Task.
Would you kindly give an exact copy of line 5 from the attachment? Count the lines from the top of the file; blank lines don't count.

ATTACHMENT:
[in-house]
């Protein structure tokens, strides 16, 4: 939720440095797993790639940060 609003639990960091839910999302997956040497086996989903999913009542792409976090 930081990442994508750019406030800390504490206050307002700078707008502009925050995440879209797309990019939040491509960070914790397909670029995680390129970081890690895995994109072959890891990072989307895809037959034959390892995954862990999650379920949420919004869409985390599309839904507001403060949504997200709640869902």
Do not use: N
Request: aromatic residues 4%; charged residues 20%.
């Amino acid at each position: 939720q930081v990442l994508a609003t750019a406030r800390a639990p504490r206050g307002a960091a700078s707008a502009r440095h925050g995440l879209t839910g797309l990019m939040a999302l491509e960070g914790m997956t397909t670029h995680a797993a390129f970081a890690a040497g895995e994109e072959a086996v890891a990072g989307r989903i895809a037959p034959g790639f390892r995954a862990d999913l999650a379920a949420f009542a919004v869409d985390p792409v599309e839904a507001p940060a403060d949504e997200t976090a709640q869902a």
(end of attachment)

């Amino acid at each position: 939720q930081v990442l994508a609003t750019a406030r800390a639990p504490r206050g307002a960091a700078s707008a502009r440095h925050g995440l879209t839910g797309l990019m939040a999302l491509e960070g914790m997956t397909t670029h995680a797993a390129f970081a890690a040497g895995e994109e072959a086996v890891a990072g989307r989903i895809a037959p034959g790639f390892r995954a862990d999913l999650a379920a949420f009542a919004v869409d985390p792409v599309e839904a507001p940060a403060d949504e997200t976090a709640q869902a």